Finances were tight, and with two preschoolers (and then three), we really didn’t have time to update our respective checkbooks with each other’s transactions every day. My husband and I never really knew how much we had to spend, but that didn’t keep us from buying what we needed. Our lack of cooperation, combined with those pesky debit cards, resulted in overspending—and eventually overdrafts. Individually we were responsible money managers; together we spelled financial disaster.
The solution to this problem came from—who else—my girlfriends. One day we took a shopping trip together, and on the drive home, someone brought up the subject of household finances. (Not me; I was way too embarrassed about the state of my checkbook.) I listened quietly as my friends compared their money management systems. By the end of the trip I had decided it was time to “restructure” our bank accounts.
Today my husband and I each have our own checking account. Although both of our names are on each account, we manage them separately. Now I don’t overdraw my account when my spouse forgets to write down several days’ worth of debit transactions in the checkbook. My hubby doesn’t have to worry that we’re spending more than we earn, because having the accountability of my own checkbook balance keeps me from buying what I can’t afford. By mutual agreement, we never refer to the amount deposited into my account as an allowance. I prefer to think of it as my salary for the important role I play in maintaining the “business” of our family.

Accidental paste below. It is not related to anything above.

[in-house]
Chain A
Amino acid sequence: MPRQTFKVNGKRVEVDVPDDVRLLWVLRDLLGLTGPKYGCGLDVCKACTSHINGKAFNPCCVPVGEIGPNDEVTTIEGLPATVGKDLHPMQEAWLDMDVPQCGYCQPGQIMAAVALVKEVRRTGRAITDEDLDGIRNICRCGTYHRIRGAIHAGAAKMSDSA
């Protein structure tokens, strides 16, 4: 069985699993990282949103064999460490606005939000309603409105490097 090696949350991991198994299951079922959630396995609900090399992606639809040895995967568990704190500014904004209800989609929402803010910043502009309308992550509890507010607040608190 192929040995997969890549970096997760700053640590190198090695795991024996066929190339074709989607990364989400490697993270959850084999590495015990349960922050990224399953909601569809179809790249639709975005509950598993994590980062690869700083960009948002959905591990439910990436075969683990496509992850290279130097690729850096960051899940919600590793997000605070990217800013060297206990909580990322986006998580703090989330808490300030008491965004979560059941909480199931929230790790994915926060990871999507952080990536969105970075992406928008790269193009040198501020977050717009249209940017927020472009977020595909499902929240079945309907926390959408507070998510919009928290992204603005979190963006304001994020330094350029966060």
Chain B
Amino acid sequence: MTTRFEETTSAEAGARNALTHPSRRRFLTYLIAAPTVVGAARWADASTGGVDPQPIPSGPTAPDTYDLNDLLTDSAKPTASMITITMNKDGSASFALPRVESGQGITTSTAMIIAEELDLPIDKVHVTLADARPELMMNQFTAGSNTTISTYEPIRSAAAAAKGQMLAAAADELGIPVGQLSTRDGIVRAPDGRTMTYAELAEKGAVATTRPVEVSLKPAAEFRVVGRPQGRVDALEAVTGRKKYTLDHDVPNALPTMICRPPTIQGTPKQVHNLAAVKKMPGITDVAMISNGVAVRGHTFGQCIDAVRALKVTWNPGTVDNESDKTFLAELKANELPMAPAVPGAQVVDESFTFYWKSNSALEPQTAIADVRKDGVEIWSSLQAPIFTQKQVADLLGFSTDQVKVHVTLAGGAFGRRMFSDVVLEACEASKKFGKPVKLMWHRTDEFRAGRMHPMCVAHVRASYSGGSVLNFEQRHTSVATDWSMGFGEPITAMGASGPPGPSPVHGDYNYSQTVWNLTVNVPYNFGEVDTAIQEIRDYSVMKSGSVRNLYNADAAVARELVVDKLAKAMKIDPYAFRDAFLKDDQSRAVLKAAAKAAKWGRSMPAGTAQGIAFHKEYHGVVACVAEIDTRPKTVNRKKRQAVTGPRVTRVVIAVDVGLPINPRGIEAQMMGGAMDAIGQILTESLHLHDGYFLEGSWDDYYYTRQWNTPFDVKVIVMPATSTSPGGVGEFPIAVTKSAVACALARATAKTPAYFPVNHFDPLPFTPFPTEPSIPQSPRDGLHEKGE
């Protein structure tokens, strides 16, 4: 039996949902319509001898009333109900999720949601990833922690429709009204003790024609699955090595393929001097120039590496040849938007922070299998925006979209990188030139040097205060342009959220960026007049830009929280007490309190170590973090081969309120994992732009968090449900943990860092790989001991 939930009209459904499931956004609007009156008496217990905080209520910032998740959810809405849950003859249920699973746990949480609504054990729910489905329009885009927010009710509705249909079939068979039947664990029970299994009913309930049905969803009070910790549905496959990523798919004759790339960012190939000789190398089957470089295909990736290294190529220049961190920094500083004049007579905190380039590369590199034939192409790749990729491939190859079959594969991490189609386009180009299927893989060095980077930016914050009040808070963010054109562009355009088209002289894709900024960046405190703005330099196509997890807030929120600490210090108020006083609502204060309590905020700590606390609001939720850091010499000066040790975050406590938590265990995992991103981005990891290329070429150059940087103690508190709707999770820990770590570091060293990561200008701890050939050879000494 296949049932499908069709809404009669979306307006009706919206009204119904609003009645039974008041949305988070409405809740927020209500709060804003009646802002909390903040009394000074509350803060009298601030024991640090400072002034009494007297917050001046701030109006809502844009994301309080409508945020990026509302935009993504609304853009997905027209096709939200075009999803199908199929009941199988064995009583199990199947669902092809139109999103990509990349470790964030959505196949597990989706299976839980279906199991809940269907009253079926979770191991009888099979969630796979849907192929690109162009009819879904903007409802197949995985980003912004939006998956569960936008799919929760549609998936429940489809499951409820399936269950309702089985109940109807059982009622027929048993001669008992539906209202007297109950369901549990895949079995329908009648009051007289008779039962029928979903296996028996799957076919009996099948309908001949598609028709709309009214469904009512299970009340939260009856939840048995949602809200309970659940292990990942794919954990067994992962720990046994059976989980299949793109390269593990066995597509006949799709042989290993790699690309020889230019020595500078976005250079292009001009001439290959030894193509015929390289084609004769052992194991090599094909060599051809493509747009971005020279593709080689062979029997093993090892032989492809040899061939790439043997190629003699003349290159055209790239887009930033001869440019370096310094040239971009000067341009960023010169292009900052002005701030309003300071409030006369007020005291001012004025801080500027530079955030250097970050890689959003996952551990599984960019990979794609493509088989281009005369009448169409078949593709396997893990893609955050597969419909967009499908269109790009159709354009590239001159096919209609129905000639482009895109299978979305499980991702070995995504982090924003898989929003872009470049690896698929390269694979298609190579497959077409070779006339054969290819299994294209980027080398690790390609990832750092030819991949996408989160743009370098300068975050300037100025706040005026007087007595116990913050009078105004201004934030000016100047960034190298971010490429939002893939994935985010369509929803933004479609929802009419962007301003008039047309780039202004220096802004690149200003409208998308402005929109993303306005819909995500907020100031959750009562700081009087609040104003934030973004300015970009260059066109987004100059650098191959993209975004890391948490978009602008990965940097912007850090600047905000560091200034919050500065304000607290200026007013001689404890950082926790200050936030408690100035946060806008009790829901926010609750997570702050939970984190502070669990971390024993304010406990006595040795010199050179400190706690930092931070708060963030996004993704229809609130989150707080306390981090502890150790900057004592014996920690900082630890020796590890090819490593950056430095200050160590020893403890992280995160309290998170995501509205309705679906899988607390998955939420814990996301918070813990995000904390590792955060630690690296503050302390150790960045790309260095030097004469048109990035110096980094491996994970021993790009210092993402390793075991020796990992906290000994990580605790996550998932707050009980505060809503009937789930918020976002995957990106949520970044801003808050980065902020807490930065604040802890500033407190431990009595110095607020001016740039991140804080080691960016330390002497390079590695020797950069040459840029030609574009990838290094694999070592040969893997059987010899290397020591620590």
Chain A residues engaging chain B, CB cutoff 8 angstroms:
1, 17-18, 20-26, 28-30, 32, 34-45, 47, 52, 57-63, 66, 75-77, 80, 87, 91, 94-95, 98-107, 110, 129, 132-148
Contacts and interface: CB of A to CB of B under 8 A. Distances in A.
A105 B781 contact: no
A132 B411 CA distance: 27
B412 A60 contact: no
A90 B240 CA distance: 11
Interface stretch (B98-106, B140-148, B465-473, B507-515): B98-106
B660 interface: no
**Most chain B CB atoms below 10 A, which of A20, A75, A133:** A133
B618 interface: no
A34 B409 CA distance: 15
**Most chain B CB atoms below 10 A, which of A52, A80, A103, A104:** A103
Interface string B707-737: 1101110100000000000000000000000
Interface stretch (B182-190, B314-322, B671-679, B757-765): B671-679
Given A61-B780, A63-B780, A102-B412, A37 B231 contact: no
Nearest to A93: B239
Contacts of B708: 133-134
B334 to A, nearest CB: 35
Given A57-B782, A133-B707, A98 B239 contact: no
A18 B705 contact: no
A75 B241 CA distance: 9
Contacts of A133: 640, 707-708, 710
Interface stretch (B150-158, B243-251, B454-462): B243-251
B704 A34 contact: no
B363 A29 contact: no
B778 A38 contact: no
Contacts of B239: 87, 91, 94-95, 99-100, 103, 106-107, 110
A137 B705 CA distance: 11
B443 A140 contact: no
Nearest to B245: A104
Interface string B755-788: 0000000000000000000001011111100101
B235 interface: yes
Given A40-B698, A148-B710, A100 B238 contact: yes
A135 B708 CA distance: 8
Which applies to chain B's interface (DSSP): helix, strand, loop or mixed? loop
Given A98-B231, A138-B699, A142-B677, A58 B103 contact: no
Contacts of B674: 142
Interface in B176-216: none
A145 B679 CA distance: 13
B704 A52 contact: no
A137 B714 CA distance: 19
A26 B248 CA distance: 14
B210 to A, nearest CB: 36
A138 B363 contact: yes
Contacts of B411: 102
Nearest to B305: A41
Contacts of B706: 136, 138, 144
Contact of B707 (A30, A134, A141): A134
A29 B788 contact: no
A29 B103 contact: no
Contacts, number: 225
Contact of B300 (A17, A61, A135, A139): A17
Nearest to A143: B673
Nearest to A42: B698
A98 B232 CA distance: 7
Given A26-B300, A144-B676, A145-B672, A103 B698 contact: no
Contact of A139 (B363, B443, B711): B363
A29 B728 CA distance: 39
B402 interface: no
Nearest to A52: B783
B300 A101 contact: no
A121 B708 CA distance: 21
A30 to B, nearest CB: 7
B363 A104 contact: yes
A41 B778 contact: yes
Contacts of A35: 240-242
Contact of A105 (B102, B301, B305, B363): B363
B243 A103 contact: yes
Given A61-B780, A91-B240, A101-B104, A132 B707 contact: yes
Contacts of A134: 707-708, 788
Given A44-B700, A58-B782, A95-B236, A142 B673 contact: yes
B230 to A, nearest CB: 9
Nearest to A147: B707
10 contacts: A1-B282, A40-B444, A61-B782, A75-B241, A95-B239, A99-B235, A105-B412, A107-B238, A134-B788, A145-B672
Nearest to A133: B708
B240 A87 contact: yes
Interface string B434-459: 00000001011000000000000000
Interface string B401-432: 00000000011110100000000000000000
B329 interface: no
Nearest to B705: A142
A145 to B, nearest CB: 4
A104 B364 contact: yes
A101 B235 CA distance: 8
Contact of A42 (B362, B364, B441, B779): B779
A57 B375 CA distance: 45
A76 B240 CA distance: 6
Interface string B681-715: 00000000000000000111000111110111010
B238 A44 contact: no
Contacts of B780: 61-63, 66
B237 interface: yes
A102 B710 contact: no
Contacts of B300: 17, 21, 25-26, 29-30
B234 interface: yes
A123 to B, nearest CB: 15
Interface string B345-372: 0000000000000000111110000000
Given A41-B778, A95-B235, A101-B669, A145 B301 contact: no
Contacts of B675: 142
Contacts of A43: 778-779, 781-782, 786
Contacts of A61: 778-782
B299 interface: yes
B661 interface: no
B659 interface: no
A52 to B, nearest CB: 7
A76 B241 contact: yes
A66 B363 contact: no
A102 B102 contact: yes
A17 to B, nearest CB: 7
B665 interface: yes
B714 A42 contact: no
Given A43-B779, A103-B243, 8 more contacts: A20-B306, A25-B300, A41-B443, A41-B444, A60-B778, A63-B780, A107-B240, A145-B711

Wondering if it’s time to “restructure” the way you handle your bank accounts? Let’s take a look at the pros and cons of three possibilities for family checking accounts.
One account. A couple has the most control over finances with one checking account. All of your money is in one place, so it’s easier for you both to see how much is being spent and on what. You may also save on fees with fewer accounts. On the negative side, as my husband and I found, busy couples with kids may not have enough time to consistently keep checkbooks up-to-date. Some families may choose to use just one checkbook, which is fine as long as the person without the checkbook doesn’t resort to using a credit card on a regular basis! A final “con” to this method: the partner who contributes less to the family’s income may feel like he or she has no money of his or her own to spend, especially if that partner doesn’t work outside the home.
Two accounts. When each partner has a separate checking account, both can be responsible for their own money and how to spend it. Of course, two accounts make it more challenging to keep track of how much is spent, as a family, in various expense categories. You will also have to negotiate, and renegotiate, how to divide the family’s monthly income between the accounts and who will pay for what. A stay-at-home mom can be placed in the uncomfortable position of feeling like a child who receives an allowance—especially if she has to ask for more money to cover unexpected expenses.